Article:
It was just a coincidence, but only days after a churchgoing gunman with a white supremacist manifesto allegedly killed one and wounded three others at the Poway Chabad center near San Diego, the Anti-Defamation League came out with its annual audit of anti-Semitic incidents.
The report showed that there were a total of 1,879 attacks against Jewish people and institutions in 2018, the third highest year on record.
But amid the memorials and pledges of interfaith amity, calls began to rise that those in power had to do something. The question is what?
“This shooting is a reminder of the reality and virulence of anti-Semitism,” said Anti-Defamation League CEO Jonathan Greenblatt. “It must serve as a call to action for us as a society to deal once and for all with hate. People in position of authority, from elected
officials to tech CEOs, need to stand united against hate and address it, not only after it happens, but by enforcing norms and standing for our shared values.”
What would such a vision require?
In a Washington Post op ed, Rep. Tom Malinowski (D-N.J.), asked what would happen if “we could forget politics and just focus on keeping people safe?” Among his ideas was for Congress to pass a “domestic-terrorism statute, which would make it easier to arrest suspects before they can carry out murderous plots.”
Many politicians, Republican and Democrat, are calling for more funds to be directed toward security for non-profit organizations.
A slate of senators, led by Sen. Rob Portman (R-Ohio), on May 2 sent a letter to top members of the Senate Appropriations Committee. It urged them to raise the amount of money available for nonprofit security from $60 million to $75 million, according to the JTA.
“As we’ve seen recently, the threats to many houses of worship and other religious community sites are increasing and we must do everything we can to protect religious and cultural based institutions in Ohio and across our country,” Portman said.
Legislation introduced in the House on May 2 would add another $15 million.
The Chabad shooting led to another round of calling for synagogues and other Jewish institutions to improve their security.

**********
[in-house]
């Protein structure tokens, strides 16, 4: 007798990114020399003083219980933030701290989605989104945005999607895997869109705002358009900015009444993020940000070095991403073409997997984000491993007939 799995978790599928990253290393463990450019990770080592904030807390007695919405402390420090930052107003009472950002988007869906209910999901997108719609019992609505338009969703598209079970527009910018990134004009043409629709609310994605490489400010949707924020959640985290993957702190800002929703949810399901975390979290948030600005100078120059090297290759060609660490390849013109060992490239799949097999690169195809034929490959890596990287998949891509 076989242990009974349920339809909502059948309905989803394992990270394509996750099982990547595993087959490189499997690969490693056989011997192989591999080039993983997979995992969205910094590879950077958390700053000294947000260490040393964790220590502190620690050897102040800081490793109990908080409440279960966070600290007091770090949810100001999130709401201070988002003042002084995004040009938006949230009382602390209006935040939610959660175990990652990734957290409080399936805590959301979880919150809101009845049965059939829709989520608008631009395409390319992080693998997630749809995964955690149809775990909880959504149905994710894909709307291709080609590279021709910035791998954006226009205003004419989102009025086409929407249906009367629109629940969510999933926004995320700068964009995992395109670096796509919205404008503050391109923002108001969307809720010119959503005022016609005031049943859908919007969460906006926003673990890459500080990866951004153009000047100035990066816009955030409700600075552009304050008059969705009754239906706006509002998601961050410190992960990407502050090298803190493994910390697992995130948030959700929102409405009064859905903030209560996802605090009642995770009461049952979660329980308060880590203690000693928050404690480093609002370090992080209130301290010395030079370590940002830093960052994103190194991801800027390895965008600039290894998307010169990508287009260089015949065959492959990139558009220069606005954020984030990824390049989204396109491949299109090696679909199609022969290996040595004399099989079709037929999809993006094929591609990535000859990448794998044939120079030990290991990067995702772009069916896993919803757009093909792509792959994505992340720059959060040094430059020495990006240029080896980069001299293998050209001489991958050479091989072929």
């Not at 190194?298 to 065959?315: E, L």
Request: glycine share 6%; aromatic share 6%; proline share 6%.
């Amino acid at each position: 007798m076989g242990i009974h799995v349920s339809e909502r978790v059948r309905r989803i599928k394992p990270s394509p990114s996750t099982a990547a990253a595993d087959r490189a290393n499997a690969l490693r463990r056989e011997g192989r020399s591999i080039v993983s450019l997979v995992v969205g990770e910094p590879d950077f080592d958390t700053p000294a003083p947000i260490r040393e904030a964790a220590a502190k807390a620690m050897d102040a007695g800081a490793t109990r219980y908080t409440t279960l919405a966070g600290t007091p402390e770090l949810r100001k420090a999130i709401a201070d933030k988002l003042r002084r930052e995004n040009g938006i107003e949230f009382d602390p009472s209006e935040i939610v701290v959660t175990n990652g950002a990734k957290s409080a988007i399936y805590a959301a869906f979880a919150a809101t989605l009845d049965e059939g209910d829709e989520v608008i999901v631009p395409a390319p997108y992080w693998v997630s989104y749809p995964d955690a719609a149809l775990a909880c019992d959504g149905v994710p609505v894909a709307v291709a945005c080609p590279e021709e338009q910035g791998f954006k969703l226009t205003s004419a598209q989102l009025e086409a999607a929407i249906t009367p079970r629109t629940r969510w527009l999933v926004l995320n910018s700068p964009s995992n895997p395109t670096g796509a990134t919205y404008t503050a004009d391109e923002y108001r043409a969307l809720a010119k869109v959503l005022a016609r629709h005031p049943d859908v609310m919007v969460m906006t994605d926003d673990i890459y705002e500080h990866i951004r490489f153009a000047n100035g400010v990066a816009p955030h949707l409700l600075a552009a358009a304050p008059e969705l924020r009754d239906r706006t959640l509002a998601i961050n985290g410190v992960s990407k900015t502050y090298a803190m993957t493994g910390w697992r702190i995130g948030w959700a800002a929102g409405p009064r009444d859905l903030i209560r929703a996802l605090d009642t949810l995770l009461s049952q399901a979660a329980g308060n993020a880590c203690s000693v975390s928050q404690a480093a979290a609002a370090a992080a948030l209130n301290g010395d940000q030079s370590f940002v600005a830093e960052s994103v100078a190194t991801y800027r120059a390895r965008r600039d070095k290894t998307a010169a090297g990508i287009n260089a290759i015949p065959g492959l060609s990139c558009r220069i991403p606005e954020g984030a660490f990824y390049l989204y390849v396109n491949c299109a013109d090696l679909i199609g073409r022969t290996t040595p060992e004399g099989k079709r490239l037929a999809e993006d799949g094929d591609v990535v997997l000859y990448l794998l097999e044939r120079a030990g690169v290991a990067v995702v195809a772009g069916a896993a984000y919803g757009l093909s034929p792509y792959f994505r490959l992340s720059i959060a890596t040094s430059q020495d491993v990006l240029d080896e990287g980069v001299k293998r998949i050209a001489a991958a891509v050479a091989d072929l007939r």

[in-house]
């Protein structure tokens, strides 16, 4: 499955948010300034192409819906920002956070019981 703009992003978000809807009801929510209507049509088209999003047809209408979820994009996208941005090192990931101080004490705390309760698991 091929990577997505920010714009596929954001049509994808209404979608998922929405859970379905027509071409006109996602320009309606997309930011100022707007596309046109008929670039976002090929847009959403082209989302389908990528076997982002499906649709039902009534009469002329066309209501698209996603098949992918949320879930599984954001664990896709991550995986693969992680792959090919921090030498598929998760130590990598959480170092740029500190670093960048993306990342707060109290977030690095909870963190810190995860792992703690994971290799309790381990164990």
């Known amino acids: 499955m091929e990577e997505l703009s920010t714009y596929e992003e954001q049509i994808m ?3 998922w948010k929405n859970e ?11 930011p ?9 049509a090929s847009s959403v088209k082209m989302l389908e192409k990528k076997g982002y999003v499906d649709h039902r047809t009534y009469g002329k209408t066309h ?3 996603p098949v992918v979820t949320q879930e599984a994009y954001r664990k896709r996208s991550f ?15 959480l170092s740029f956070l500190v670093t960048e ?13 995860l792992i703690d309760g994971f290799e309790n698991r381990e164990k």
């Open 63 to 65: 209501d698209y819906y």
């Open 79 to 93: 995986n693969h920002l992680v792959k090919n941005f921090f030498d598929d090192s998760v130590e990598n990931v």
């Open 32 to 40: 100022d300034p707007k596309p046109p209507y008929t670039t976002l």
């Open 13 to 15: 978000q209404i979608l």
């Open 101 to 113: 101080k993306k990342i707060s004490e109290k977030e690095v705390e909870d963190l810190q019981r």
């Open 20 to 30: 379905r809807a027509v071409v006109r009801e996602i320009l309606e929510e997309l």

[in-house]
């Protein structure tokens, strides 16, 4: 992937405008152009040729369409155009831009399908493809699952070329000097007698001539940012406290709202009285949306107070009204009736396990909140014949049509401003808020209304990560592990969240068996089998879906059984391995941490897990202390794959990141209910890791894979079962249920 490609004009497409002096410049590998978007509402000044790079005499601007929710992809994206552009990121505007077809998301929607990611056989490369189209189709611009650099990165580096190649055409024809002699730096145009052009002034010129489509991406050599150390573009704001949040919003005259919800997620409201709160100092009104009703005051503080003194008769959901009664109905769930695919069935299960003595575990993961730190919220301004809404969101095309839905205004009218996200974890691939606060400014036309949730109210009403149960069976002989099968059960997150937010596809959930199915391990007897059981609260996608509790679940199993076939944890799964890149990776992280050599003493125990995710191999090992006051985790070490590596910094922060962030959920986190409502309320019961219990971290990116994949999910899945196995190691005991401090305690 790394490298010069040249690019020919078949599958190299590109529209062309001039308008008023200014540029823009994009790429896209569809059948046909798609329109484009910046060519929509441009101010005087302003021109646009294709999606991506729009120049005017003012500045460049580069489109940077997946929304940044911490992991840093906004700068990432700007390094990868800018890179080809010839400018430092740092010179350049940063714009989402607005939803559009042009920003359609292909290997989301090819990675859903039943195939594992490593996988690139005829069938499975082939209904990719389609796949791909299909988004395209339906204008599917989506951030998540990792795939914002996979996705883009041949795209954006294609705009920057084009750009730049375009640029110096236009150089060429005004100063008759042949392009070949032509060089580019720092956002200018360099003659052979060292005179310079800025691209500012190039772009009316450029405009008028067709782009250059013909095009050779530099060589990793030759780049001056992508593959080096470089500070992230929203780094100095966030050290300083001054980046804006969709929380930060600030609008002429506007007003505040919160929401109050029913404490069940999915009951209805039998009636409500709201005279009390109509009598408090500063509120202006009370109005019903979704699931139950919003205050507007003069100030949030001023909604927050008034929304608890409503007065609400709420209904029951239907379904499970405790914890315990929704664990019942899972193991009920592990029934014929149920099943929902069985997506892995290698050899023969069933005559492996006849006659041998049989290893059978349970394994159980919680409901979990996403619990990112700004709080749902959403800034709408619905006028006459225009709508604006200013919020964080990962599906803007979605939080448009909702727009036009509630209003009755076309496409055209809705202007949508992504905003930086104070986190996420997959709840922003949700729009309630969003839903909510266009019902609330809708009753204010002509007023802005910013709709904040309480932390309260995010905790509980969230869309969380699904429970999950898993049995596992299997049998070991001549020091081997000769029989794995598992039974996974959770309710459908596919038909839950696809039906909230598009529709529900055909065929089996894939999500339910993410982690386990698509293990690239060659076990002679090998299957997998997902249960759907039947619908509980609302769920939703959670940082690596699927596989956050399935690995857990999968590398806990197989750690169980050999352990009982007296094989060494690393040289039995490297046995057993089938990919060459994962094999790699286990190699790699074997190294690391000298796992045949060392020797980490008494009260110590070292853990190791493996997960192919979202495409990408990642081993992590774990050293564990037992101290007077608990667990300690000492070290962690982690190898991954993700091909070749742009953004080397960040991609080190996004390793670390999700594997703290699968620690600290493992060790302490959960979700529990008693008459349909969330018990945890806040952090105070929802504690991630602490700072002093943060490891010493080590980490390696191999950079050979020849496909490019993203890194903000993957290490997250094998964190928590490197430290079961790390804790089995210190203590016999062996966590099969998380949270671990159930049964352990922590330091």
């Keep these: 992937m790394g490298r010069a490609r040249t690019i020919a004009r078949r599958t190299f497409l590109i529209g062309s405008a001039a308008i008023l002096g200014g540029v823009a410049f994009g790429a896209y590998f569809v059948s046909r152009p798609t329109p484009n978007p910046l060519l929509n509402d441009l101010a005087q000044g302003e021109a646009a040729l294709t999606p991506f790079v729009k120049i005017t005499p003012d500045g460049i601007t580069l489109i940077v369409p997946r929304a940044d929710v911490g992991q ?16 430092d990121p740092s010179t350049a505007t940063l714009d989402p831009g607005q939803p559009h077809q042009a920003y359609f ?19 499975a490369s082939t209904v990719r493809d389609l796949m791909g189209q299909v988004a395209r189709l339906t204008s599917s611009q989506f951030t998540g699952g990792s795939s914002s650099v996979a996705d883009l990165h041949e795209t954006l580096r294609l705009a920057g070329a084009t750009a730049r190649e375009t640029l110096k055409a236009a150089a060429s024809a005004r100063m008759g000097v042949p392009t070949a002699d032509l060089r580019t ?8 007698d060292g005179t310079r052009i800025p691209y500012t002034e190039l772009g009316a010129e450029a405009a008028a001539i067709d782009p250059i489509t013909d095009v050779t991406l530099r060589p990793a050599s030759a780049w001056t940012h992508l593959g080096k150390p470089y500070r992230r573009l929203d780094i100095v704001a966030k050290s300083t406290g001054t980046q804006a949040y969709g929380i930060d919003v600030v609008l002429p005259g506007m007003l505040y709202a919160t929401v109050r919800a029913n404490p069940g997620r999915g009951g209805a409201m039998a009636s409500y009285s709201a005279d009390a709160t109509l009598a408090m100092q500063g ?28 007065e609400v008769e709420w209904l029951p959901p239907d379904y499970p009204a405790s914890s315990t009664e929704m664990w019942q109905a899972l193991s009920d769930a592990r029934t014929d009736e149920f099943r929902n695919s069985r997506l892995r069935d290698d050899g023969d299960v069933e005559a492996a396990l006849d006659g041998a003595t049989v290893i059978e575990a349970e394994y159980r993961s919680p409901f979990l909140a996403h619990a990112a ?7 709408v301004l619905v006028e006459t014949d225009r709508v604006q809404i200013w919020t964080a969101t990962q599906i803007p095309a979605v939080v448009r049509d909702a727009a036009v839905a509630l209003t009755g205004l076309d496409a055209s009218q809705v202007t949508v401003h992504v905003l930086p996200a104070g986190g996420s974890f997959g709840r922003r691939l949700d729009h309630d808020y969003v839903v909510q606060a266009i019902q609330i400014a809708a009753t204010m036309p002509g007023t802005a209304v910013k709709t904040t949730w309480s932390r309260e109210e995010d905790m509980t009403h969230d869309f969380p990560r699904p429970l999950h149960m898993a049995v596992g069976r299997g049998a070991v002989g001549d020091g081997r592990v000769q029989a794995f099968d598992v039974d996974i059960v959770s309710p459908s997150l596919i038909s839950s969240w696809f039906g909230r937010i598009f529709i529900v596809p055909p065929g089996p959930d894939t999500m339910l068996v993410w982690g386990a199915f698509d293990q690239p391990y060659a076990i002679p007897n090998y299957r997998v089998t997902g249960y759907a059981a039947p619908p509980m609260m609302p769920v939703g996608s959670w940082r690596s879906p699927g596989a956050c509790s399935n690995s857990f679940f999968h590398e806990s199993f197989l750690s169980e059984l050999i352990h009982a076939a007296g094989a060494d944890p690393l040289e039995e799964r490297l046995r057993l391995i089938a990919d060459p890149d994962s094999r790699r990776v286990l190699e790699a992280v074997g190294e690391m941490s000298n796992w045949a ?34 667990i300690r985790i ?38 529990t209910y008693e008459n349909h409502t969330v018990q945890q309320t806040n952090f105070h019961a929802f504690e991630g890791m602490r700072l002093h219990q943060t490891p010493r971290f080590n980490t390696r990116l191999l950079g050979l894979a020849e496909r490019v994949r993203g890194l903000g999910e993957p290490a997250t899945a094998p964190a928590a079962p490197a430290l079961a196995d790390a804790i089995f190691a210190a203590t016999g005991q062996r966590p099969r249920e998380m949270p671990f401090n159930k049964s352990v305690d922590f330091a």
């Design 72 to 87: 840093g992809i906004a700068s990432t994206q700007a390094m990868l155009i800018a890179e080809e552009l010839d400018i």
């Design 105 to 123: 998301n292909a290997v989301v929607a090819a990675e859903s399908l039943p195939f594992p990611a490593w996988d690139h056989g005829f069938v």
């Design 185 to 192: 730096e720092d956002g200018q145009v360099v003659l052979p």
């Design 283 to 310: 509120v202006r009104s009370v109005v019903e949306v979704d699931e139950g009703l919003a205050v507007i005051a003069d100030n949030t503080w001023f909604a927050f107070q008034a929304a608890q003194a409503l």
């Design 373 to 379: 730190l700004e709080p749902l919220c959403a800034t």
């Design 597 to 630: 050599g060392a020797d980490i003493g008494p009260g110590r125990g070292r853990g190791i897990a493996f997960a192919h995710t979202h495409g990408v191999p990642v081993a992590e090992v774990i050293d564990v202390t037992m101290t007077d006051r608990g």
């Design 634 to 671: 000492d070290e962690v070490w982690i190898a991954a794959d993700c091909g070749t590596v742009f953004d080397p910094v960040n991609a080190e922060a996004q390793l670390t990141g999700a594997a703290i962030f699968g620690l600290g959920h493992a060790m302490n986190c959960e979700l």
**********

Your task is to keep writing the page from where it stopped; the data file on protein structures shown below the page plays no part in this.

“[Jewish places] cannot afford to have doors that are easy to open,” David Friedman, the ADL’s vice president of law enforcement, said regarding safety. He said synagogues need security plans that can be practiced, that all members are aware of so they know what to do in case of an emergency.
But Washington-area synagogues and agencies have been following recommendations set out by the Jewish Community Relations Council of Greater Washington and the security organization Secure Community Network, according to SCN’s CEO, Michael Masters.
Every institution has its needs addressed, he added, saying that synagogues should increase the security of their entrances and make doors difficult to force open, which would
make places of worship “hard targets.”
Barbara Goldberg Goldman, vice chair of the board of the Jewish Democratic Council of America, said such security considerations would have been “unfathomable” when her children attended the Charles E. Smith Jewish Day School in Rockville in the 1980s and 1990s.
Tragically, today I think that it is appropriate here to err on the side of caution, and take such precautions,” she said. “And, it’s not just for Jewish institutions. All hate-targeted ethnic schools, recreation facilities, and houses of worship including synagogues, churches and mosques must be protected from this hideous and senseless gun violence.”
Like many, Goldberg Goldman favors “that at a minimum, we need to get stringent gun safety laws enacted. Background checking is a very important and necessary tool.”
In addition to a security issue, mass killings are a public health issue and should be treated as such, according to Garen Wintemute, an emergency medicine physician at the University of California (UC), Davis, Medical Center, and the director of UC Davis’s Violence
Prevention Research Program.
“Mass shootings are changing the character of public life in the United States and creating unprecedented demand for action,” the long time gun violence researcher wrote in the New
England Journal of Medicine. “The policies described here are not ‘gun control,’ whatever that term means. They uncouple harmful behavior from its consequences and help preserve our fundamental right to live safely in a free society.”
Wintemute called for better background checks and for allowing courts to have firearms removed temporarily from people who pose an imminent hazard to others or themselves but are not members of a prohibited class.
The media, too, have a role to play in ending the cycle of mass shootings. “According to a recent working paper, intense media coverage of these events may serve to glorify them in the minds of other potential mass shooters, who then seek the same attention by committing similar atrocities,” according to Greater Good Magazine.
Many others have continued to call out for diversity in education, eliminating hate speech on social media and calling out those who spout anti-Semitic, Islamophobic, homophobic and other hateful speech, and to band together with other minority groups.